US nuclear ships may conceal accidents

Issue 

A secret US Navy document instructs commanders that they may not need to contact all the relevant authorities, like foreign governments, when a nuclear-powered vessel has an accident in a foreign port.

The document, "OPNAVINST 3040.5B, Nuclear reactor and radiological accidents; procedures and reporting requirements for", is issued by the chief of Naval Operations and is labelled "For Official Use Only Special Handling Required, Not Releasable to Foreign Nationals". A copy has been submitted to the New Zealand Special Committee on Nuclear Propulsion by a local academic, Dr Peter R. Wills.

Wills says that the document makes nonsense of the assurances made by the US government in the "Standard Statement on the operation of U.S. Nuclear Powered Warships in Foreign Ports", another document which the US government refuses to release to the public. (Wills made this document public in a submission to the New Zealand parliament five years ago.)

The Standard Statement says "the appropriate authorities of the host government will be notified immediately in the event of an accident involving the reactor of the warship during a port visit".

However, the Navy instruction leaves commanders free to use their "judgment as to the nature and extent of an accident". If a commander judges that panic and stoppage of vital services may have more serious consequences than exceeding specified levels of public exposure to radiation, then civilian authorities need not be notified.

"Public reaction" is noted as a specific factor for consideration in relation to deciding what actions should be taken.

The US Atomic Energy Act forbids officials discussing information about nuclear accident contingency planning, and the US Navy refuses to release any details of plans to deal with a nuclear reactor accident. After a three-year inquiry, the Australian Senate concluded that "there is a total lack of knowledge of the contingency procedures that the US authorities would implement in the event of a reactor incident". It is this information which Wills has made available to the New Zealand government-appointed committee.

Before a nuclear-powered warship is allowed to visit a foreign port, the chief of Naval Operations makes a "reactor safeguards evaluation" and issues a clearance. The criteria used in making this evaluation are secret; even the title of the document describing them is classified. "Whatever they are up to when they send a nuclear-powered warship into a foreign port, it is much more secret than spying on foreign governments", said Dr Wills.

In the event of an accident, the release of information would be limited to that required for public safety, and there would be no discussion of the reasons for the accident. In any case, a loss of radioactivity from a warship does not constitute a "radiological accident" until projected public exposure to radiation reaches some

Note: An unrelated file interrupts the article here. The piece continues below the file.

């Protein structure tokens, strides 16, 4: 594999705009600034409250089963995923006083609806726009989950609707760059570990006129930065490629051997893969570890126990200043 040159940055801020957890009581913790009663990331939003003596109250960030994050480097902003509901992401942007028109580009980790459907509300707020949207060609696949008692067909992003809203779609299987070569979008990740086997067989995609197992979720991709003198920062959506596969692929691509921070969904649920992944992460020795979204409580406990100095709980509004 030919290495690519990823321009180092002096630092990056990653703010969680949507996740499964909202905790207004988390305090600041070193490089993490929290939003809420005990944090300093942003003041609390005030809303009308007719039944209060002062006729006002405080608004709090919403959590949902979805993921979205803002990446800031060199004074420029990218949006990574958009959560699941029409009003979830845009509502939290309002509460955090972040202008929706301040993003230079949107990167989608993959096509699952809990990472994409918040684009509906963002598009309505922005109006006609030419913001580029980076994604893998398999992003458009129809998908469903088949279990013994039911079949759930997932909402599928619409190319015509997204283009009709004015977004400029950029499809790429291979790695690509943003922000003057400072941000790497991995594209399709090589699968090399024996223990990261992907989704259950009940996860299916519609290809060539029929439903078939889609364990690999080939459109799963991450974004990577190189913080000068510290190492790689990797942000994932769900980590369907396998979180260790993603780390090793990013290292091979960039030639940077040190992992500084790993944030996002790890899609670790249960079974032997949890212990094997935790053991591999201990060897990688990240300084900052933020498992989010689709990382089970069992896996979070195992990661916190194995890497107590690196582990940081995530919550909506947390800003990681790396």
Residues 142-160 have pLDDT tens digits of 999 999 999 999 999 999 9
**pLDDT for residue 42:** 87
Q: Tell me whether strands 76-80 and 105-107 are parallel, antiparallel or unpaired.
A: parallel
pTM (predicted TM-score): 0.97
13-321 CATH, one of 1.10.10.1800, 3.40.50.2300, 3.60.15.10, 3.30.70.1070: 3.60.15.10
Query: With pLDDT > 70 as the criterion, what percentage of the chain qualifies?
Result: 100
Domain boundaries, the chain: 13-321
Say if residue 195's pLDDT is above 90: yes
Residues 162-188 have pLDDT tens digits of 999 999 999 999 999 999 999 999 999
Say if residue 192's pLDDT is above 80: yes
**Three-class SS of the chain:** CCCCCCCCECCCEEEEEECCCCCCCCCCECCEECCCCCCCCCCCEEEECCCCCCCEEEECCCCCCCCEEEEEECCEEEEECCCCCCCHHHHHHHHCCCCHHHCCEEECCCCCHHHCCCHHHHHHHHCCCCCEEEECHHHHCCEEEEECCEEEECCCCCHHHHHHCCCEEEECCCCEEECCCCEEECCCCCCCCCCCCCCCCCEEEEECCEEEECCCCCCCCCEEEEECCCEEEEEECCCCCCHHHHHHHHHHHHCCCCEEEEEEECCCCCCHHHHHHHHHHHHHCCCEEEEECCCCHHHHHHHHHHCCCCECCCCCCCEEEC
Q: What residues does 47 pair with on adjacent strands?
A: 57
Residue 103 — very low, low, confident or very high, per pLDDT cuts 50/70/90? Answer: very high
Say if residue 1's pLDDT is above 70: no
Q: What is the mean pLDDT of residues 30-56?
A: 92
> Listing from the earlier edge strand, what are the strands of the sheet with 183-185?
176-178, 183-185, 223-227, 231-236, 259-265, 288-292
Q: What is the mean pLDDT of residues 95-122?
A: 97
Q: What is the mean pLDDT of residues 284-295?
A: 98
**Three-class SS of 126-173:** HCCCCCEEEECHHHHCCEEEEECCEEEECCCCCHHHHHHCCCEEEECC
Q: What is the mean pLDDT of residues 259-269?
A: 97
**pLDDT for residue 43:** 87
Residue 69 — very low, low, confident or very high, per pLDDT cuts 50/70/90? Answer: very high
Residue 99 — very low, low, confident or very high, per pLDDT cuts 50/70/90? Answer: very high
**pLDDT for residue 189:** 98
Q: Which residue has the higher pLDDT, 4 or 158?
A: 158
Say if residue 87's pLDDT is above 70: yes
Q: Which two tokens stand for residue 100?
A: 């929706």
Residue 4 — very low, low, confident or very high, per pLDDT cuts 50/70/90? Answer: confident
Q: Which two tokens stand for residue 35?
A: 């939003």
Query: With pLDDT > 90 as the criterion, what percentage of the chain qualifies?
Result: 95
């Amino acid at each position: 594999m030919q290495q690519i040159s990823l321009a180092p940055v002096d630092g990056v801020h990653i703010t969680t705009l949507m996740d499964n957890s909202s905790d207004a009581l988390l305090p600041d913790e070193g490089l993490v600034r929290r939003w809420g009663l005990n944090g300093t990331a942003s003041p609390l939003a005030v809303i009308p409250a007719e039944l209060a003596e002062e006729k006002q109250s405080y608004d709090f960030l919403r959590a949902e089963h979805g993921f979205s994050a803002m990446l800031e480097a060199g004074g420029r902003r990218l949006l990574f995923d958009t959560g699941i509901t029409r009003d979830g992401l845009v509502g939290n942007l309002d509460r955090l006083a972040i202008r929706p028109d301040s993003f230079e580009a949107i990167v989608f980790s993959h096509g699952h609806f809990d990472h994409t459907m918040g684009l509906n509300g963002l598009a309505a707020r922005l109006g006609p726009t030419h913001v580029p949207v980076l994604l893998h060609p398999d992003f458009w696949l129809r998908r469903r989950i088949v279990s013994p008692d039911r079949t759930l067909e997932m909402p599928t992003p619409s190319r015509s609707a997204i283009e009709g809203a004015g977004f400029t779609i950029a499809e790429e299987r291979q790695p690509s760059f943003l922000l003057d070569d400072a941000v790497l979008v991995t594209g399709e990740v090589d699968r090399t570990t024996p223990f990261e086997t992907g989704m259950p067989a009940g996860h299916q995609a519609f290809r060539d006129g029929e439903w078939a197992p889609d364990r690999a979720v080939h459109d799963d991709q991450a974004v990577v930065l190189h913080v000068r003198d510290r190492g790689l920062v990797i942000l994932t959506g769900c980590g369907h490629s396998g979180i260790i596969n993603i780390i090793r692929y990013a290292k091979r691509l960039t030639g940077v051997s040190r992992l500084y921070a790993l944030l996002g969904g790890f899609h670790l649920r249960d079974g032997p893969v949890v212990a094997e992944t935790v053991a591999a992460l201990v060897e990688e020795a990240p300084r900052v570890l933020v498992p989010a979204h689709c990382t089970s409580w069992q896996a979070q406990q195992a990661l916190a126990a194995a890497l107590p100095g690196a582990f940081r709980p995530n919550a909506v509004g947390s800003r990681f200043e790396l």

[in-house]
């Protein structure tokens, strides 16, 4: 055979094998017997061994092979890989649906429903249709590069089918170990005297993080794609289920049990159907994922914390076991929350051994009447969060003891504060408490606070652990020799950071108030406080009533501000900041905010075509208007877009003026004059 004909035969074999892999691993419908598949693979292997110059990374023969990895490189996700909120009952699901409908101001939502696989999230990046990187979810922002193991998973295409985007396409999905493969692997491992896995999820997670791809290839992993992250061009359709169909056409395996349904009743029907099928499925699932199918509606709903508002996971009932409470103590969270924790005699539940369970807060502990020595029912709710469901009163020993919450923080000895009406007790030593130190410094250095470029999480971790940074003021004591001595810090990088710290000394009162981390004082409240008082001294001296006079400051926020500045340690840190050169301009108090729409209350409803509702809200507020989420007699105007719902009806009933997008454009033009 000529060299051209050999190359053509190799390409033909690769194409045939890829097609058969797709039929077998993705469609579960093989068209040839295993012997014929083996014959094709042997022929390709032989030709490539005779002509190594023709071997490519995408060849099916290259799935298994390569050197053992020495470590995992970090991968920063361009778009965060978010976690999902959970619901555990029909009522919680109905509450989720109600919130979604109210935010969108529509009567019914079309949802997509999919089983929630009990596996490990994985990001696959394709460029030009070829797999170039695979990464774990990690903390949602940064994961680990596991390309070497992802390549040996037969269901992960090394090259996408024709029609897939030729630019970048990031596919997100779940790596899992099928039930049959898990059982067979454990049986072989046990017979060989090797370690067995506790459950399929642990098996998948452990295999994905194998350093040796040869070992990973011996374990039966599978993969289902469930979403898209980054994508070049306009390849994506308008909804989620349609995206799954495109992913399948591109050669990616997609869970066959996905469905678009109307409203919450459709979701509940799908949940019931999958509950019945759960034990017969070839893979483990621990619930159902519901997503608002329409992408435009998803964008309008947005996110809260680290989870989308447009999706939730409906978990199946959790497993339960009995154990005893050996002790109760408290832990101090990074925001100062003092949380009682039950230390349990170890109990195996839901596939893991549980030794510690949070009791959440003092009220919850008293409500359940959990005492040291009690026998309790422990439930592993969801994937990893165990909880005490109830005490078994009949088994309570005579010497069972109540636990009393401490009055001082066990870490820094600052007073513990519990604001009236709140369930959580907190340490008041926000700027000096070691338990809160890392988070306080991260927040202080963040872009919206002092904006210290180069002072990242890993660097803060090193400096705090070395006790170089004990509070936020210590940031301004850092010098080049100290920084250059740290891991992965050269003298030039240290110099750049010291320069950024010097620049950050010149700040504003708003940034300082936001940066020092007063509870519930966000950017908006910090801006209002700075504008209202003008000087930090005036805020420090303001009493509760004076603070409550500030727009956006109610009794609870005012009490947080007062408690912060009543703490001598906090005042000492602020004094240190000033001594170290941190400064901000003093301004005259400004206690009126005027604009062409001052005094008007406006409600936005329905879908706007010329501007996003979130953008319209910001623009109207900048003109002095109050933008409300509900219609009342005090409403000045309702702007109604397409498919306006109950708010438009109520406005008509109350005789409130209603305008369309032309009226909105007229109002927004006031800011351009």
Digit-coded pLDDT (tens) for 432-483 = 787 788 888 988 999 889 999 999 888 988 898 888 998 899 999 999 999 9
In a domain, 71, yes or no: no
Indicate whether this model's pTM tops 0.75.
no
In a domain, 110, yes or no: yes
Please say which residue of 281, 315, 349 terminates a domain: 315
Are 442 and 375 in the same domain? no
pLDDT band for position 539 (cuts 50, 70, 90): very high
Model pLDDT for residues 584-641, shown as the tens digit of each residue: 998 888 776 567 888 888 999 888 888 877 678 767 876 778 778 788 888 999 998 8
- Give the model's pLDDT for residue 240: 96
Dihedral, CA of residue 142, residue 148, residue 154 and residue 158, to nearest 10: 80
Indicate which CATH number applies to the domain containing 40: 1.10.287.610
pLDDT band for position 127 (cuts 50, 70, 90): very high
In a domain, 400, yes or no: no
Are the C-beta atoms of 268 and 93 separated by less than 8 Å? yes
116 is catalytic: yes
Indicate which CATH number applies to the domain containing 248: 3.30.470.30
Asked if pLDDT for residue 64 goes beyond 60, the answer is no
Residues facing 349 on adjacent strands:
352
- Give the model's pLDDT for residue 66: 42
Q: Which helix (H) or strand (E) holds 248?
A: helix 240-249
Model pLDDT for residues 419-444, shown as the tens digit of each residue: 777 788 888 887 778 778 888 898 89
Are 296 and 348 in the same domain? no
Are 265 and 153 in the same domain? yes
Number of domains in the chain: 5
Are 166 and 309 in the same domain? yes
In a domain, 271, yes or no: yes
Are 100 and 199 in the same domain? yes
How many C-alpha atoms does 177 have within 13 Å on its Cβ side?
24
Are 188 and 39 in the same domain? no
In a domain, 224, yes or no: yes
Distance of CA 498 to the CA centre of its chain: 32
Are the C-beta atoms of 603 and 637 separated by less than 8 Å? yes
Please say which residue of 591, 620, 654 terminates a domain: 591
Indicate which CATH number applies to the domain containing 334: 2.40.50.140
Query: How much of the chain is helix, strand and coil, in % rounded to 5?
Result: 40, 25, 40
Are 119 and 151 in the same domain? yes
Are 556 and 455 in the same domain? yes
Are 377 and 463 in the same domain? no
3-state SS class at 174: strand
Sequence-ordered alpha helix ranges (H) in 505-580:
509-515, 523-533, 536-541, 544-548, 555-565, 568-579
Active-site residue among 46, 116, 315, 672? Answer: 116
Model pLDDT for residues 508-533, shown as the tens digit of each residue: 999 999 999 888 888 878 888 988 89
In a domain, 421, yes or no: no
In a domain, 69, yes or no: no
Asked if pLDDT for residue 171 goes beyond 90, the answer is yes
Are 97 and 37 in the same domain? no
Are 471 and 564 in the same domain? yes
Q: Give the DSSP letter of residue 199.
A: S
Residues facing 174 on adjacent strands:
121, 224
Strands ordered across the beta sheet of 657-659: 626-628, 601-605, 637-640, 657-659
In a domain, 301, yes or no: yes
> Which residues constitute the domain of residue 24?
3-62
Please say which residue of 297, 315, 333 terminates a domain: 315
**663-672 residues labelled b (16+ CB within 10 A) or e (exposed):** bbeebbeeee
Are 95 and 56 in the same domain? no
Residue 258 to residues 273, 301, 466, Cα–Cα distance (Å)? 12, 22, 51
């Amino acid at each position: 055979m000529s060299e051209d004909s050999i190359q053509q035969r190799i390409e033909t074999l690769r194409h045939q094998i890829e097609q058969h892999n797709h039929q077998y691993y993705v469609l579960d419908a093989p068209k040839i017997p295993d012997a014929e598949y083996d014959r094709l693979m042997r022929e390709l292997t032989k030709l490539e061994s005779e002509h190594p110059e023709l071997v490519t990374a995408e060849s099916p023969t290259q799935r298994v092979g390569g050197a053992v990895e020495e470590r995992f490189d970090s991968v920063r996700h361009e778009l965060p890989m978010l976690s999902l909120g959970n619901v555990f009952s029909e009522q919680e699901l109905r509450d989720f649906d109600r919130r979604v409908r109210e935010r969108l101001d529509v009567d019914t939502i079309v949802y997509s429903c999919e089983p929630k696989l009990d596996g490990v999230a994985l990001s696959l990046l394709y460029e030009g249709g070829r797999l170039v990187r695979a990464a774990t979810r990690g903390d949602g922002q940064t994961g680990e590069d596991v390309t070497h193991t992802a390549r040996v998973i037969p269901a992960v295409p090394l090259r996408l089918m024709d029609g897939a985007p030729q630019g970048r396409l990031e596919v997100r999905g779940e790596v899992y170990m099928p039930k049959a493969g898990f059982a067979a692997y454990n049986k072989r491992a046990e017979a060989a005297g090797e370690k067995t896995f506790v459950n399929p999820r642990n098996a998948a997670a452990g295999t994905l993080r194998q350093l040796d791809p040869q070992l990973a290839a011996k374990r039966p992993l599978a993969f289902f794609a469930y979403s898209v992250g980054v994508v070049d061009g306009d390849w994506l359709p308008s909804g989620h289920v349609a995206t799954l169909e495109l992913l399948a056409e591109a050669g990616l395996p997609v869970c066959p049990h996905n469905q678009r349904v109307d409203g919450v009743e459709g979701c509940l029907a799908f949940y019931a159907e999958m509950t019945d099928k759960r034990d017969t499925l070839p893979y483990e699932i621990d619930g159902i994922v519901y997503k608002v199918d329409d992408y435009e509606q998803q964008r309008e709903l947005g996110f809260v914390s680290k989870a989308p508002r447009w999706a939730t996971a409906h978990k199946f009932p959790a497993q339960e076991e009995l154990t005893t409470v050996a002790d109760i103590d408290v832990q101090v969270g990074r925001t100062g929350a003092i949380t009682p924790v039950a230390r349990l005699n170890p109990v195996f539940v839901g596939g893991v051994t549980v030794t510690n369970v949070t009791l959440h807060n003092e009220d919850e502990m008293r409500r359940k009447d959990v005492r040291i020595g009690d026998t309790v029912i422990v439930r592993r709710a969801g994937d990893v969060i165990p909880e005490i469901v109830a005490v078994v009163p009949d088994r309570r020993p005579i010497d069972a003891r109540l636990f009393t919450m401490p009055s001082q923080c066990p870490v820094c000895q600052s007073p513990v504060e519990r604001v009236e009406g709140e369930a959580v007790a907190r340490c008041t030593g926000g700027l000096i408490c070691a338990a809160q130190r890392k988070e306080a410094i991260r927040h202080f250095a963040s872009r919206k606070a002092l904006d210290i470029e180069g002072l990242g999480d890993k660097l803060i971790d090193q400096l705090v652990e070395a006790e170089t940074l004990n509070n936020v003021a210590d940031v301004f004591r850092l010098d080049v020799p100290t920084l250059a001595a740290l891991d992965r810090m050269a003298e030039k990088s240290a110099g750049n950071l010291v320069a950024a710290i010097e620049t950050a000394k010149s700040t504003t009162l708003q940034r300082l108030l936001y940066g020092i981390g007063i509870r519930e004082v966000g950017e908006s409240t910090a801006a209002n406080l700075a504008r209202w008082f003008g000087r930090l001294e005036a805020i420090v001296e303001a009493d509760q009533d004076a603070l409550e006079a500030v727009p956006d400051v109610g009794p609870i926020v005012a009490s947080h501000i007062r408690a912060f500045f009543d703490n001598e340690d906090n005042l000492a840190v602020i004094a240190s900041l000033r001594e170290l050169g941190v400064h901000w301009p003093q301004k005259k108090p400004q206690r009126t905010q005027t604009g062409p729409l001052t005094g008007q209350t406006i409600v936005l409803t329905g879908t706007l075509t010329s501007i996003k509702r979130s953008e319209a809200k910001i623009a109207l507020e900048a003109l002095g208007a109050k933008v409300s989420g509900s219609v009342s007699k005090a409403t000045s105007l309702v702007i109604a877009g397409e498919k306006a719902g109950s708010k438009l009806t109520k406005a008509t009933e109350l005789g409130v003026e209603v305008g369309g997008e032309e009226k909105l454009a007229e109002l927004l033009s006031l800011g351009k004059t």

The Navy may determine that no public notification is necessary. In such a case, the government hosting a visiting nuclear-powered warship is also unlikely to be informed.

If it is judged that immediate protective actions are recommended for the local population, ships' captains are authorised to notify civil authorities and to offer an assurance that every possible precaution has been or is being taken to reduce the hazard. However, notification is more likely to come later from a fleet commander.

At the first sign of an accident, radioactivity surveys would be ordered by the captain within the ship and its immediate vicinity. On this basis, he would assess whether or not an "accident situation" existed. If so, the captain would notify his superiors and dispatch a radiological monitoring team ashore to survey the downwind situation.

Once results of the onshore monitoring became available, they would be reported to an "area commander" at Fleet Headquarters. It is the responsibility of the area commander to arrange for a radiological assistance team to be dispatched, but this would not be done until he had decided that an "accident situation" existed.

It would take time to carry out the measurements and assessments of the radiological hazard. Initial measurements might produce results falling below the criteria which determine the first "Emergency Action Level", and then civilian authorities would receive no immediate notification.

Beyond the actions which a ship's captain could take to monitor and control an accident, the mobilisation of personnel and resources would be directed from a remote "emergency control centre" set up by the area commander.

The area commander is also responsible for deciding whether or not a ship should be moved. The views of local authorities would not be sought, not even to confirm that they coincide with the judgments of the US Navy.

"The standing instructions to US Navy commanders usurp the authority of those responsible for public safety and are irreconcilable with assurances offered to foreign governments in the Standard Statement", said Dr Wills after analysing the secret papers.